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Private sector vs public sector


rhondathompson, [email protected]

Private sector  vs public sector

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AT A TIME WHEN THE ECONOMY IS UNDER PRESSURE and the Government is pushing productivity and the need for workers to be as efficient as they can be, it is interesting to compare the approach of the private sector with that of the public sector.
This comparison may be useful if public sector reform is to achieve its fullest potential, for the argument is that the private sector is more efficient in getting the job done, and the adoption of private sector initiatives in the public service would redound to the overall benefit of the economy.
Now, the Ministry of Transport and Works is a major employer of artisans and other workers who from time to time have to engage in roadworks and repairs of culverts and the like. In fact, on some occasions they also do major roadworks.
Presently they are engaged in repairs to a damaged culvert in Worthing, and traffic is congested along that busy stretch on Highway 7. Chaos or organized confusion is the order of the day morning and evening as motorists inch along on their way to work or back home.
It is unthinkable that the public should have to suffer two weeks’ congestion along a road that is busy at best and chaotically choked with traffic at worst.
For all we know, it may indeed take two weeks to do the works, but if that is a genuine estimate, then the history of the ministry in finishing works on time does not allow us to be optimistic about that deadline.
It seems clear that the work is critical and that a degree of planning has gone into some aspects of it. The Graeme Hall stream has been dammed with boulders and sand and continuous pumping of the water is taking place to avoid upstream flooding, which would cause untold problems for residents.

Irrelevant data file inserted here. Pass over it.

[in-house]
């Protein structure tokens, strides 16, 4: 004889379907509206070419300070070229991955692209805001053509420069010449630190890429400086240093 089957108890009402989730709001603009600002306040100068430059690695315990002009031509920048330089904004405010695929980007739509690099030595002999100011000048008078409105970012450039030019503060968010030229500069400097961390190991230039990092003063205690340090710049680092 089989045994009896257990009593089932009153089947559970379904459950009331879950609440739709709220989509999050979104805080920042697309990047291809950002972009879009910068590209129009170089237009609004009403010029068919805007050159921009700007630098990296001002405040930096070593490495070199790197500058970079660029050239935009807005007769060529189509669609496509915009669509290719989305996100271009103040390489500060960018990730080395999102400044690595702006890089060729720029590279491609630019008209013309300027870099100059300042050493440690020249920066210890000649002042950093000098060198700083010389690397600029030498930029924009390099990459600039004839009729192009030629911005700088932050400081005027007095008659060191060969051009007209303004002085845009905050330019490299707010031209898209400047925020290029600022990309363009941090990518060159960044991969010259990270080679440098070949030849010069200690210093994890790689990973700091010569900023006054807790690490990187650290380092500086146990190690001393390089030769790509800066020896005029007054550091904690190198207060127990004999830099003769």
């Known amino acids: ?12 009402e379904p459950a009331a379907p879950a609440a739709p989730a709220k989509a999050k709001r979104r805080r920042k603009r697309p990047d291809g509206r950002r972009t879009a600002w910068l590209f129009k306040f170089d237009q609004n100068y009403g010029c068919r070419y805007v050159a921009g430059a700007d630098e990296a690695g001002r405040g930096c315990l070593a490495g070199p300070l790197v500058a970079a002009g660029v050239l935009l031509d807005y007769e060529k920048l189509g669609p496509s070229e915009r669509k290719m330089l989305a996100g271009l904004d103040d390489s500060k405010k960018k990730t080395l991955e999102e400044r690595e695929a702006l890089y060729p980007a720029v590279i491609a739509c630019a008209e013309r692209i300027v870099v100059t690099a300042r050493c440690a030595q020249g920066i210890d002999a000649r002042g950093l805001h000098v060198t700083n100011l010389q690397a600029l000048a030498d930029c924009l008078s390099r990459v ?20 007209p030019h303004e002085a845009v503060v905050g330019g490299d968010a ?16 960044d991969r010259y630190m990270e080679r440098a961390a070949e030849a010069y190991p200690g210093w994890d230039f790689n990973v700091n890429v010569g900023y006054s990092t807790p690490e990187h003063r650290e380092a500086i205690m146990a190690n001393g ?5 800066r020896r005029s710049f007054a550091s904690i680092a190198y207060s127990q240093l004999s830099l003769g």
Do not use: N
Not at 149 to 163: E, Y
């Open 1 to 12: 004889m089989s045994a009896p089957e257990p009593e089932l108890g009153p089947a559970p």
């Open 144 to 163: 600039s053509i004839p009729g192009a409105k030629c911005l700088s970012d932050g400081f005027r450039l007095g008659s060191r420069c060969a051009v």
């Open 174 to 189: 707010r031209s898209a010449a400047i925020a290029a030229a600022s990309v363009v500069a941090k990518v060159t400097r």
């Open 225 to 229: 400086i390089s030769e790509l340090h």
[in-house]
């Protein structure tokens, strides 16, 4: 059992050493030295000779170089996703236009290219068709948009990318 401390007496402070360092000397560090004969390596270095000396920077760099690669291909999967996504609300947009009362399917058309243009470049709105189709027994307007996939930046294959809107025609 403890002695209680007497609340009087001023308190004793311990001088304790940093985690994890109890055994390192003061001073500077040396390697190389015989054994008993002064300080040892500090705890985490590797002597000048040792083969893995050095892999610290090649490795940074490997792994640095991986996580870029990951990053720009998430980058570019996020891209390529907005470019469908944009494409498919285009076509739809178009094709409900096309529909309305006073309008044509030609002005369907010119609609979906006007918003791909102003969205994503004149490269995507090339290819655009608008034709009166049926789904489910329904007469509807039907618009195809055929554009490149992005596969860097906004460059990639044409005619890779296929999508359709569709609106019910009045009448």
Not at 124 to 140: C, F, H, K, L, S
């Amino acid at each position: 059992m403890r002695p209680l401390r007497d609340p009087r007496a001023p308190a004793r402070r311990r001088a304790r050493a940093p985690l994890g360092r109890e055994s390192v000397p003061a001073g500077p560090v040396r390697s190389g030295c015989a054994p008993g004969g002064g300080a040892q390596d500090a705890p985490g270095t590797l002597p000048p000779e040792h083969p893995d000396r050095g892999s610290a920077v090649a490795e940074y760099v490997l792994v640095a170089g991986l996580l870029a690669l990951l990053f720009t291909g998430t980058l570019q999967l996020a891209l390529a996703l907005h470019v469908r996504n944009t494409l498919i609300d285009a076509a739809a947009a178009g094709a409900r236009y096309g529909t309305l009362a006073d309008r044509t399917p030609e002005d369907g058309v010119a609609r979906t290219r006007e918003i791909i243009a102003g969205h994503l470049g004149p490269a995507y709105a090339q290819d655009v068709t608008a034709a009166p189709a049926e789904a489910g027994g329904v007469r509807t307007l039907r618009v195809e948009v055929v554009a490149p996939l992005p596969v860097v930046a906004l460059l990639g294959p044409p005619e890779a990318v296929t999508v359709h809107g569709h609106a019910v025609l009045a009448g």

But it does not seem that any of this work is being done under floodlight as happened when the private sector-driven remedial works were being done at Warrens. Was this a possibility?
Given the heavy use of Highway 7, was any thought given to the use of pre-building any parts of the remedial works off site and performing on site only those aspects of the job which could only be carried out on the spot.
None of these suggestions might have been possible, but the use of adequate lighting and the payment of improved rates for work to reflect the inconvenience of working in the evening seem to be part and parcel of the planning and execution of roadwork projects on stretches of road normally in heavy use.
Perhaps the loss of productivity that follows disruption such as that on Highway 7 ought to figure more significantly when the Ministry engages on such projects, but quite often, too, the re-marking of road signs often takes place during the busy weekdays when one wonders whether any thought was given to carrying out such works during the weekend.
Consideration may already have been given to these and other ideas, but public sector reform appears absent from what is now being done along Highway 7 at Worthing. Is tweaking the system really so difficult?

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